Tuesday January 21, 2020
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Essence of freedom: What independence means to the poor children of India

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By Arnab Mitra

When the country is celebrating its 69th Independence Day, children at some corners of the country are dying from hunger and are working in tea stalls and factories to make ends meet.

The Government is reluctant to look after these Indians even as thousands of children die every day. According to UNESCO, India ranked 71 in concern of children health and education.

To help the poor children, Kolkata-based group ABCD (Any Body Can Donate) today organized a program with some hundred slum children of Kolkata, to give them a ray of enjoyment in their melee.

NewsGram had an interaction with one of the founding members of the group Any Body Can Donate, Arka Jyoti Pal who expressed his deep concern about the fate of these poor children.

Arnab Mitra: 69th year of independence. Why does India neglect her children?

Arka Jyoti Pal: It is because the rich are becoming richer and the poor become poorer. The government does not have time to look after these poor children, they are busy in increasing their salary with black money.

AM: What is the motto behind your group?

Arka: Our motto is “To help the neglected class”. Every party shouts about helping the poor during the election, but the condition of these poor people remains same. They don’t have any independence, they are still deprived of their basic rights of food, health and shelter. It is a shame to an independent nation.

AM: How do you intend to help these poor children?

Arka: Every year, according to the basis of merit, we help them in their higher education. We are also trying to build an institution where we can provide free education to these poor children.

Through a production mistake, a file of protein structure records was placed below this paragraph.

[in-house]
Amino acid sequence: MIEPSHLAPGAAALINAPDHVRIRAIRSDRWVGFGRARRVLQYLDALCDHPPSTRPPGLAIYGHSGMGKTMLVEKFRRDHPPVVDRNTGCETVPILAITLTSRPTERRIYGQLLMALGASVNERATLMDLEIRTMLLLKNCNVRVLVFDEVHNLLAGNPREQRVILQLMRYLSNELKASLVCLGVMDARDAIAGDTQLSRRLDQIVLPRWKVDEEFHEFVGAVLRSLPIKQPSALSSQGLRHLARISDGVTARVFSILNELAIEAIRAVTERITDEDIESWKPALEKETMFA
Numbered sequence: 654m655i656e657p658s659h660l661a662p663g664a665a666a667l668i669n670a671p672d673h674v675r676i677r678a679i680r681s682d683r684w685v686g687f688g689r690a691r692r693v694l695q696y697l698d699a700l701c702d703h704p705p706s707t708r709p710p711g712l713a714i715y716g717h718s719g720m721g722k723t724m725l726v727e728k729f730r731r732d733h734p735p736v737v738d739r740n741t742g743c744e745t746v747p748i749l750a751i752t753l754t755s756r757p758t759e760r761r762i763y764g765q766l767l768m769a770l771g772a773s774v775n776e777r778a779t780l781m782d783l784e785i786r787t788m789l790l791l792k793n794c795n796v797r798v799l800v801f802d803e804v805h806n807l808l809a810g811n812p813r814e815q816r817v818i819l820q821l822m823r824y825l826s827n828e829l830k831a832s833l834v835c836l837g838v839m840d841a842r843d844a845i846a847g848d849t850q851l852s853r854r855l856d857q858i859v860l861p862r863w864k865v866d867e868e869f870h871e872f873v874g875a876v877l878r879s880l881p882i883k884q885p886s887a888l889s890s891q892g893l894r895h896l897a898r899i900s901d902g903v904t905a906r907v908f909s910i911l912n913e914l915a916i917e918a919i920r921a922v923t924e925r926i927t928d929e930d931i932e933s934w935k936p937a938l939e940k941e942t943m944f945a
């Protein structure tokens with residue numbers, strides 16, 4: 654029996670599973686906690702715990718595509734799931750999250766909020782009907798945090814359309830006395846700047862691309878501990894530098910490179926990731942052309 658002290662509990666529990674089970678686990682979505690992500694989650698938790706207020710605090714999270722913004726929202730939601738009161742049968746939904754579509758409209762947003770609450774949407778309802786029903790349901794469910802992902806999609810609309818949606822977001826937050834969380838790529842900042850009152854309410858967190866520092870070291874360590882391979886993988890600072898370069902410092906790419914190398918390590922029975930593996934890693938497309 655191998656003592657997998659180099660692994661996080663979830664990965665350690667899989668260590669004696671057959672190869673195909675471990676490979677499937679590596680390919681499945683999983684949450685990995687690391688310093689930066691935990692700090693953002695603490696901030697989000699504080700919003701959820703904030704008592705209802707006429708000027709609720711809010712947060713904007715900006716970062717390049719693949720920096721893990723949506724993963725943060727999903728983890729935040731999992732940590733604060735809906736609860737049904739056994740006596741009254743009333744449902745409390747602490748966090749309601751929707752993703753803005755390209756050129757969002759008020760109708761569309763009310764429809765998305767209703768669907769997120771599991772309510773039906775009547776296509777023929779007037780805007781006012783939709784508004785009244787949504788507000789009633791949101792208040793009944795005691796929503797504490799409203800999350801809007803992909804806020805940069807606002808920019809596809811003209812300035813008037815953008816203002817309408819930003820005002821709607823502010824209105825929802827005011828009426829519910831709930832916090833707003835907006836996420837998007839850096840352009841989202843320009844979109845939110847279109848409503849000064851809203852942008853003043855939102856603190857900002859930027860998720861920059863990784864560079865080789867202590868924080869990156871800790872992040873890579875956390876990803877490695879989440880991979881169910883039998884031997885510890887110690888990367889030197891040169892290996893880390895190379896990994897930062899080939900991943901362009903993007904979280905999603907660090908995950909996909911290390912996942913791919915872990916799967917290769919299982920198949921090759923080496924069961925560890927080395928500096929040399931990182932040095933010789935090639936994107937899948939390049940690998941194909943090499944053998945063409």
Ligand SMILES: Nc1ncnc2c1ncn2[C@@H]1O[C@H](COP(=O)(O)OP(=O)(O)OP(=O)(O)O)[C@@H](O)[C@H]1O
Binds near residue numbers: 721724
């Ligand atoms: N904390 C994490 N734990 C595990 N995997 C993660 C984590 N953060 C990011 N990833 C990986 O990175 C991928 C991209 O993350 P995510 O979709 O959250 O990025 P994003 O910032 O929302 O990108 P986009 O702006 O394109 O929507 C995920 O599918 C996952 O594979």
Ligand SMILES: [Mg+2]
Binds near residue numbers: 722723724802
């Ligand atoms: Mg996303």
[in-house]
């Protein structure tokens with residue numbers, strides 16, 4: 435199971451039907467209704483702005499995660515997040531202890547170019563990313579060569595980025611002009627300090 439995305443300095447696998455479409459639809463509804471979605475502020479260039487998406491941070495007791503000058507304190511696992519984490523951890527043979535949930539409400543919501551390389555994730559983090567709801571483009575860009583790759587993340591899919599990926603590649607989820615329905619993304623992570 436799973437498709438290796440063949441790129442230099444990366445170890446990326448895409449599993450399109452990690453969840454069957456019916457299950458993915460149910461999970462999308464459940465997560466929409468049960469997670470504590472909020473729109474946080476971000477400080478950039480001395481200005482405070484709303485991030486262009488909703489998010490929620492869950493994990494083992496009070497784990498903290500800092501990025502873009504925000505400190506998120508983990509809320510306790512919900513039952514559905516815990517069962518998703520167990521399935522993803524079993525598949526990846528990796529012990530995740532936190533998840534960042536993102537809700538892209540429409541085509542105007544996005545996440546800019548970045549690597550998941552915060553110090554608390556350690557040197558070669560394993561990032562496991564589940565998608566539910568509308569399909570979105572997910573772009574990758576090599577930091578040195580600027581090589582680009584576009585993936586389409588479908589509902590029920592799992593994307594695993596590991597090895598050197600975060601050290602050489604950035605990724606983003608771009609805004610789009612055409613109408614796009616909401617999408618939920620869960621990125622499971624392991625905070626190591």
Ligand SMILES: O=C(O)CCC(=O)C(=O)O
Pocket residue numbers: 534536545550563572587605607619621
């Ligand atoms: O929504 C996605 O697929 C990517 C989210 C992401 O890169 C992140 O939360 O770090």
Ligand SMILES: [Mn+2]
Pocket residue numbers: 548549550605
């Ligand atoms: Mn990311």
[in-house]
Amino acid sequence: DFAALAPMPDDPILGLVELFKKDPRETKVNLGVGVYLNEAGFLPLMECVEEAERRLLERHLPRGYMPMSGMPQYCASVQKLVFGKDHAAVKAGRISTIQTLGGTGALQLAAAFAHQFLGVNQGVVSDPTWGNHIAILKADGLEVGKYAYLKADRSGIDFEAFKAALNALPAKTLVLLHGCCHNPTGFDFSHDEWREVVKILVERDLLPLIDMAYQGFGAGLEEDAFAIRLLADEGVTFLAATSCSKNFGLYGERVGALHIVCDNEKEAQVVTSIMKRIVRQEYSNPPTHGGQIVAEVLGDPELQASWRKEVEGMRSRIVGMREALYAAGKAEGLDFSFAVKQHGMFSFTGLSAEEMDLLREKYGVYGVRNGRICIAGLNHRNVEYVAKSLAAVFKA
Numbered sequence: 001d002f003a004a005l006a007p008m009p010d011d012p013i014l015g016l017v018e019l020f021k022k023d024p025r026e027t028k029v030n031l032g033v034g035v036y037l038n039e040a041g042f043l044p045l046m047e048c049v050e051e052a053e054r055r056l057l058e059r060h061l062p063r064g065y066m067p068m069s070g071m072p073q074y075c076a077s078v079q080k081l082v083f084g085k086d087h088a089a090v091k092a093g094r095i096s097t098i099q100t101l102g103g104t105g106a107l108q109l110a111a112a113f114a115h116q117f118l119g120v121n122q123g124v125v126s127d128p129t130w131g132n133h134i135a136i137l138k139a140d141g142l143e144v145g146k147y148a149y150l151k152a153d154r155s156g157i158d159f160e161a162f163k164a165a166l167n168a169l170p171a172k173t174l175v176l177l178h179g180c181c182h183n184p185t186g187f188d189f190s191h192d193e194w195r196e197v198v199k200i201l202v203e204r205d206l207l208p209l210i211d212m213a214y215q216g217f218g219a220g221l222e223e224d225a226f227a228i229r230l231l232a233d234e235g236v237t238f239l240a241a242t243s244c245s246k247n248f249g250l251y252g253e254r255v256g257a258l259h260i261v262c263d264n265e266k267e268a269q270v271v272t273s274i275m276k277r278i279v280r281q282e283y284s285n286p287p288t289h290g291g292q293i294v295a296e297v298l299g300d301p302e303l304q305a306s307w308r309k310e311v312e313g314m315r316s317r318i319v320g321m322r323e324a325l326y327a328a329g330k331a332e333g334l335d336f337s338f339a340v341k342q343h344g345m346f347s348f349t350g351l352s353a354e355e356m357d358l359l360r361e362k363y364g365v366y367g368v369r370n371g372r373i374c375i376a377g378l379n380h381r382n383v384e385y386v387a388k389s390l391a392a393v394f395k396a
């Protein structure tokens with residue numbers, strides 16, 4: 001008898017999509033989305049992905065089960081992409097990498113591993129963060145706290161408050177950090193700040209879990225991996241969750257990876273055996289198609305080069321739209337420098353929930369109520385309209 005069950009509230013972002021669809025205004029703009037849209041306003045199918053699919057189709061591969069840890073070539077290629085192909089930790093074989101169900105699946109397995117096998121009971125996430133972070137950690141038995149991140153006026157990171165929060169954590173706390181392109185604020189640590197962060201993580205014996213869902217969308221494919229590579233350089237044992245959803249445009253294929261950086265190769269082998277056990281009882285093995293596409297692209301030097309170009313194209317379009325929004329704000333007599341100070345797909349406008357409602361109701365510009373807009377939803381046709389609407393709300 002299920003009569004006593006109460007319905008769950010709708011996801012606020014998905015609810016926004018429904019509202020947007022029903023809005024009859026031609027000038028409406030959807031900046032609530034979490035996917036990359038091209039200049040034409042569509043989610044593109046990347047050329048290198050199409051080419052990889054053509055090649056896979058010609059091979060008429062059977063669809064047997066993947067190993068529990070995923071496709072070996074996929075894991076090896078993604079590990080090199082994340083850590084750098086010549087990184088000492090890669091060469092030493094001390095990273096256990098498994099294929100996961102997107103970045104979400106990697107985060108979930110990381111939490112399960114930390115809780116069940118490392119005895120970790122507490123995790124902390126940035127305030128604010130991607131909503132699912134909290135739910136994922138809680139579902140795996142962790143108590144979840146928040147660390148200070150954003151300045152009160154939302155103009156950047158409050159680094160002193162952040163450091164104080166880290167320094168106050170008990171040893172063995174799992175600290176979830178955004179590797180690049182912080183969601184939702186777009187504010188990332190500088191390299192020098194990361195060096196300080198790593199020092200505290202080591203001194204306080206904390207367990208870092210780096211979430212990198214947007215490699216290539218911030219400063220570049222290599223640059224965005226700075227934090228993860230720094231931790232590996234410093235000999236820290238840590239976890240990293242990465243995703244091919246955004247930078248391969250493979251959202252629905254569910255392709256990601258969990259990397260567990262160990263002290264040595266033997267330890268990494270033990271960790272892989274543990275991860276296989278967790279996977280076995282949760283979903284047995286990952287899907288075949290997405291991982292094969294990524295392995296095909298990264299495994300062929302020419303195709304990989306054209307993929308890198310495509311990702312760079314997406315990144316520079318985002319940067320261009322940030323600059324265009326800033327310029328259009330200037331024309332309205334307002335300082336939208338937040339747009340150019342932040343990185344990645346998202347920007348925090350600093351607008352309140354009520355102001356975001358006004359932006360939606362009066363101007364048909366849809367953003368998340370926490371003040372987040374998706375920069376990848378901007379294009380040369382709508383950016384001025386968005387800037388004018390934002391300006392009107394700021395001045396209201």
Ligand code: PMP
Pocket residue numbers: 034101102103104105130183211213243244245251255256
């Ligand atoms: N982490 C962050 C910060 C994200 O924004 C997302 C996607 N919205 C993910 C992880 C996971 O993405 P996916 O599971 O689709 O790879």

NewsGram also talked with some poor children and they said they could not savor the feeling of being independent.

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Gallery Dedicated for Disabled Indian Artists gets Inaugurated at UNESCO House

Enabling the participation of persons with disabilities in artistic and cultural life is a key priority for UNESCO

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To honour the talent of artists with disability, the first edition of 'Discovering Ability' art awards was also organised by Youth4Jobs Foundation, with UNESCO and HSBC. Wikimedia Commons

As part of an inclusive initiative, a temporary art gallery titled ‘Not Just Art’, dedicated to Indian artists with disabilities, was inaugurated by union minister G. Kishan Reddy at UNESCO Cluster House here on Monday.

The unique gallery has over 125 paintings done by disabled artists across 15 Indian states, and showcases their amazing talent with colour and form.

It will be open for public viewing on November 5-7 from 9 a.m. to 5 p.m., UNESCO said.

To honour the talent of artists with disability, the first edition of ‘Discovering Ability’ art awards was also organised by Youth4Jobs Foundation, with UNESCO and HSBC.

The award celebrates the artistic abilities of persons with disability, who have hitherto remained a largely unrecognised talent pool.

The artists were awarded with a cash prize of Rs 50,000. They are Amrit Khurana and Rohit Anand, both autistic artists; Mallika Khaneja, an artist affected by cerebral palsy; Y. Raghavendran, an artist with speech and hearing impairment; Niral Hareshbhai Swati, an artist with intellectual disability; Mohammed Yasar who participated in the Paralympic Art World Cup in 2019; and Durgesh Kumar Rathore, an artist with dyslexia and bibliophobia.

“Enabling the participation of persons with disabilities in artistic and cultural life is a key priority for UNESCO. (The initiative adds to) disability-focused interventions in India. It signals our commitment to empower persons with disabilities to become both mainstream consumers and producers of art forms.,” Eric Falt, UNESCO Director, New Delhi said.

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As part of an inclusive initiative, a temporary art gallery titled ‘Not Just Art’, dedicated to Indian artists with disabilities, was inaugurated by union minister G. Kishan Reddy at UNESCO Cluster House. Pixabay

“If it’s the tag of just an artist, it would hardly get noticed. If we say disabled artist, people will still sit up and take notice. The awards feels like a great recognition,” Aarti Khurana, the mother of an autistic artist Amrit Khurana told IANS.

The jury was a panel of three eminent judges from the Department of Fine Arts, Sarojini Naidu College of Arts and Communication, Hyderabad, UNESCO said.

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As per Youth4Jobs head Meera Shenoy, said the initiative will also help artists develop market linkages, and they will continue to sell art online and through museums under the ‘Not Just Art’ platform. (IANS)